USPS will purchase 50,000 delivery vehicles in an initial order of 2.98 billion

USPS will purchase 50,000 delivery vehicles in an initial order of 2.98 billion

The U.S. Postal Service said Thursday it has placed an initial 2.98 billion order from Oshkosh Corp for 50,000 next-generation delivery vehicles and will double the initial planned EV purchase.

US Postmaster Lewis Dejoy said that based on USPS’s ongoing reform efforts and “from our improvement perspective, we have determined that increasing our initial electric vehicle purchases from 5,000 to 10,019 makes good sense both operationally and financially.”

DeJoy has previously committed to buying at least 10% EV as part of its billion-dollar plan to retire its 30-year-old delivery vehicles.

The USPS rejected a bid in February by the White House and the Environmental Protection Agency to reconsider plans to purchase primarily gasoline-powered vehicles and hold new hearings.

The USPS said vehicles are expected to appear on carrier routes by the end of 2023.

In February last year, USPS announced an initial $ 482 million contract for Oshkosh, stating that it could order 165,000 vehicles over 10 years in a contract worth $ 6 billion or more.

Modern vehicles will replace many older USPS vehicles that do not have airbags and other safety equipment as well as air conditioning.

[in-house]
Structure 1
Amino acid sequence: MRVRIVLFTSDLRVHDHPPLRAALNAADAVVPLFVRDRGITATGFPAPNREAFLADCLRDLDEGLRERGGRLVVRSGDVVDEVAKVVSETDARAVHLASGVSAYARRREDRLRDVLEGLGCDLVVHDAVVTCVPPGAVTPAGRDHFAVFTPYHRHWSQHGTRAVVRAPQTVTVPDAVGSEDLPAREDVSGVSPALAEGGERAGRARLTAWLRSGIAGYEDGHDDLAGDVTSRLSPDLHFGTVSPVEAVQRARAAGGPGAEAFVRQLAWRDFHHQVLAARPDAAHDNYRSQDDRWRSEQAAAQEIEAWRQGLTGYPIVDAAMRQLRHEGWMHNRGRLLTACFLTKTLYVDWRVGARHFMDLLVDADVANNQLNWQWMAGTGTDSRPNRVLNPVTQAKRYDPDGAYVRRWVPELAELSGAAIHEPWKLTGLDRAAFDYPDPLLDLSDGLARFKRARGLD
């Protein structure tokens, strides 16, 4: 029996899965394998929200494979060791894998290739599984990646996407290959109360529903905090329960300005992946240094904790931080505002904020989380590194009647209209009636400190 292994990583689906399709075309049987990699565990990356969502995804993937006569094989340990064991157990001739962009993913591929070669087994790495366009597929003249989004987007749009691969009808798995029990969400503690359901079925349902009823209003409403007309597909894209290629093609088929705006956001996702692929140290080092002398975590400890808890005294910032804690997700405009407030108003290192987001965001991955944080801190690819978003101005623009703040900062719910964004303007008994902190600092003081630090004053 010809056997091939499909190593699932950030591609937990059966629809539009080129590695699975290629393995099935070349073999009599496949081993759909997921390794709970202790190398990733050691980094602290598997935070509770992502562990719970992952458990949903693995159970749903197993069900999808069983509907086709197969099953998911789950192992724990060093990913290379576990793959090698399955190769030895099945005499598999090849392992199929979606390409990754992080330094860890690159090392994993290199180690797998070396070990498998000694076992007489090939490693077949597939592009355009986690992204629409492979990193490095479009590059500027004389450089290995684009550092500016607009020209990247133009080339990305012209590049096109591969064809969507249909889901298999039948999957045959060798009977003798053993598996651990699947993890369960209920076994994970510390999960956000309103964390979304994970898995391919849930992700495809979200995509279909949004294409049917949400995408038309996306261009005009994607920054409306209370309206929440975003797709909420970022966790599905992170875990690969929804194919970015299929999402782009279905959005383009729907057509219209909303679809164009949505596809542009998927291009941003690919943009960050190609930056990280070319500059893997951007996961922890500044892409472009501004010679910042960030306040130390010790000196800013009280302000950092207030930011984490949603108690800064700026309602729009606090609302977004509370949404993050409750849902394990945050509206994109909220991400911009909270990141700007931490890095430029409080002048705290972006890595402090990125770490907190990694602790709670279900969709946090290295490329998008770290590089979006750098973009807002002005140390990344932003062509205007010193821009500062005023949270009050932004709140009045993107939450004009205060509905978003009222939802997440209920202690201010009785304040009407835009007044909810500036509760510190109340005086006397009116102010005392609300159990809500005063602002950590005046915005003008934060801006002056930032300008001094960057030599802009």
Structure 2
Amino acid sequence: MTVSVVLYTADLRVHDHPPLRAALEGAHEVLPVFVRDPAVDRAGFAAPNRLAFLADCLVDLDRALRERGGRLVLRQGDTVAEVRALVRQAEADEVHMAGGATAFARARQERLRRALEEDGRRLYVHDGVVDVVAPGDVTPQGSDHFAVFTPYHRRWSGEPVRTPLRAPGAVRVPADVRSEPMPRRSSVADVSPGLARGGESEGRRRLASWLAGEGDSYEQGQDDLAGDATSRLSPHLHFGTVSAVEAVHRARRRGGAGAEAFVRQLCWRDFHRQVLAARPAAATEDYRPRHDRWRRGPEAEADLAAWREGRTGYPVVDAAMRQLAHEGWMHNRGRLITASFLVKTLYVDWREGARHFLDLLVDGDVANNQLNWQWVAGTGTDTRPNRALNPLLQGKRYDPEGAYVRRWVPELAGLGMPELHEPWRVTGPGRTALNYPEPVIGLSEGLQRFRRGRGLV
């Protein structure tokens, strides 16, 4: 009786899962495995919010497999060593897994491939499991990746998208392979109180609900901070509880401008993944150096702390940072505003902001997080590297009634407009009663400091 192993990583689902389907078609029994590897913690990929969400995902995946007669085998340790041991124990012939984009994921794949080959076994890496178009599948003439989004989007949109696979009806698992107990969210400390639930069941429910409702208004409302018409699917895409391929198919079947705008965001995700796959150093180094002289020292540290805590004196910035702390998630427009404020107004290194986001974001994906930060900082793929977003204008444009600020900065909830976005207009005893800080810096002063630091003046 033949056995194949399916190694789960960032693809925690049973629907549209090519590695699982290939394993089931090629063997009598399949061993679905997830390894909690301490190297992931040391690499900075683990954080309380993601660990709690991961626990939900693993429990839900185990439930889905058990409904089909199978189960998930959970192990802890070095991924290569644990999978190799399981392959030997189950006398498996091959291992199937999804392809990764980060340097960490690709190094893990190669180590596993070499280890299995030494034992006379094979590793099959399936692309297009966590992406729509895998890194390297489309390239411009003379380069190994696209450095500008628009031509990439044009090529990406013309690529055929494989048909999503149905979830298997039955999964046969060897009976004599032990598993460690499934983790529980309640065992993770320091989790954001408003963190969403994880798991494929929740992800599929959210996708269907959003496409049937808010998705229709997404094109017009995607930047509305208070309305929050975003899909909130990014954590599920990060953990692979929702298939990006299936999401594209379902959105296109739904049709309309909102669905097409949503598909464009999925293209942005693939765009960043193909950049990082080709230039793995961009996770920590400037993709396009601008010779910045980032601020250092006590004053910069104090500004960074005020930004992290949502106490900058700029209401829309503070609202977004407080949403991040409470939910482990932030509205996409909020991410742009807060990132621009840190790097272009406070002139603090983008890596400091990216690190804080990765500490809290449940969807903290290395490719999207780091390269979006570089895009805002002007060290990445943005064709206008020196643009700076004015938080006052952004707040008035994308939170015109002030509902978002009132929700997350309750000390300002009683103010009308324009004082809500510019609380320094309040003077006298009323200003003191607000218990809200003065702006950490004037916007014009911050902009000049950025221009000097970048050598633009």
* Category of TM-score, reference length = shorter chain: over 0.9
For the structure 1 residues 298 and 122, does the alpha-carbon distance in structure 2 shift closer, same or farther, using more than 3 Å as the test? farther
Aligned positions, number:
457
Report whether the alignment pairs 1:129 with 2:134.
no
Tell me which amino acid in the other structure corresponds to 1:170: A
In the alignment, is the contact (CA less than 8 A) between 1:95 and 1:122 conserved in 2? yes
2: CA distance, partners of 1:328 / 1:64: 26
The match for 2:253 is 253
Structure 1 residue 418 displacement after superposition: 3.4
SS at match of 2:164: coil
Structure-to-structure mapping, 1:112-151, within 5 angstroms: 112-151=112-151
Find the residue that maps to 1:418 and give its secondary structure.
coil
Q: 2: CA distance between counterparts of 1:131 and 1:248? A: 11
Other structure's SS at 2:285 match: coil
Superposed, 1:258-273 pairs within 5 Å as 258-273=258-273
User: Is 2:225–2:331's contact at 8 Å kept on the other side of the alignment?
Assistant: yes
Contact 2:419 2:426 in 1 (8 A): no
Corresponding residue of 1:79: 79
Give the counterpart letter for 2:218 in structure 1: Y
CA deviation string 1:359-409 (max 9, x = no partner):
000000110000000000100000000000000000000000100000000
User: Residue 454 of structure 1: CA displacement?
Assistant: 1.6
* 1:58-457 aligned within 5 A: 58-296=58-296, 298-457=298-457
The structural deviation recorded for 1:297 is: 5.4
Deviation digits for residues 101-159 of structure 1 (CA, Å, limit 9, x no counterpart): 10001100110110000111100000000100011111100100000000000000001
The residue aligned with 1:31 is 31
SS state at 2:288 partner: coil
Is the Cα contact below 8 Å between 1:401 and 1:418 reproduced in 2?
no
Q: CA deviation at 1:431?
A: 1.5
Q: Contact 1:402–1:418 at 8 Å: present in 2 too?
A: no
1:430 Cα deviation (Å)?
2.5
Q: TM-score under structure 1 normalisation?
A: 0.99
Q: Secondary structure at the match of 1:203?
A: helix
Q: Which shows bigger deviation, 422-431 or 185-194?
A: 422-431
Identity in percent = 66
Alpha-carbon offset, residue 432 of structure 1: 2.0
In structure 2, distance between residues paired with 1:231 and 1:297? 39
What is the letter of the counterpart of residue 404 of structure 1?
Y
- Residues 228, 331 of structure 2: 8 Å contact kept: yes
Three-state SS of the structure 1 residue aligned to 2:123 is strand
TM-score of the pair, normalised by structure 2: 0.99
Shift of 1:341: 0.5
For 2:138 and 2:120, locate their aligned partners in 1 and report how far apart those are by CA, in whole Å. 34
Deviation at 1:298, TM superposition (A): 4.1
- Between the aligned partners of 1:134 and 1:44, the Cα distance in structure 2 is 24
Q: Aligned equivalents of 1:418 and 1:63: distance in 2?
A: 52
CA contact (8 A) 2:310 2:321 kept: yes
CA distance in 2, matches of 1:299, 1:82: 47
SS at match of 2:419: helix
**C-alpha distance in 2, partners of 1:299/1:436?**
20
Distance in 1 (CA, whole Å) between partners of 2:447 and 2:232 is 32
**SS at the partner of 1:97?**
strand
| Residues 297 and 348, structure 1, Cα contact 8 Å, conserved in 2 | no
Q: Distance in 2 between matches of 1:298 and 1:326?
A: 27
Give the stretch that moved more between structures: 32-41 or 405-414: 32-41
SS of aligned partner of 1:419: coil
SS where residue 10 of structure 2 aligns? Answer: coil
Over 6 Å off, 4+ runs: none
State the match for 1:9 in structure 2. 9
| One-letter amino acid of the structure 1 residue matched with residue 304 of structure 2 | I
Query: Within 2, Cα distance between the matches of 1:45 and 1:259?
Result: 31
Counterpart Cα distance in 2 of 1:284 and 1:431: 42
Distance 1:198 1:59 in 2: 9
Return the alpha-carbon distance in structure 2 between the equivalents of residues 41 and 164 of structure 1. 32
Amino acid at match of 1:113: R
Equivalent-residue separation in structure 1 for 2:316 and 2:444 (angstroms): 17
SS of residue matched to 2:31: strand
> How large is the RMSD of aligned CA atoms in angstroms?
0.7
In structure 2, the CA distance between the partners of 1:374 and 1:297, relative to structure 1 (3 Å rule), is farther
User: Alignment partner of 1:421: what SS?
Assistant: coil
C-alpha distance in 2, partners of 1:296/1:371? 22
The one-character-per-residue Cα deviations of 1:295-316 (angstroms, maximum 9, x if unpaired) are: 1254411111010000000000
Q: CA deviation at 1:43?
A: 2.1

“To increase the percentage of production (of electric vehicles) even after the order has been placed, its contract gives flexibility when funding is provided,” Oshkosh said.

On Friday, a group of U.S. lawmakers asked Oshkosh if the decision to build vehicles in South Carolina was an attempt to prevent the use of union workers.

On Monday, lawmakers asked the Postal Service Office of the Inspector General (OIG) to review the USPS vehicle purchase plan.

The inspector general’s office said it would “do additional work in response to that request.”

The USPS said last week that “our commitment to the electric fleet is ambitious and takes into account the safety needs of our aging fleet as well as our fragile financial position.”

Sneha Mali

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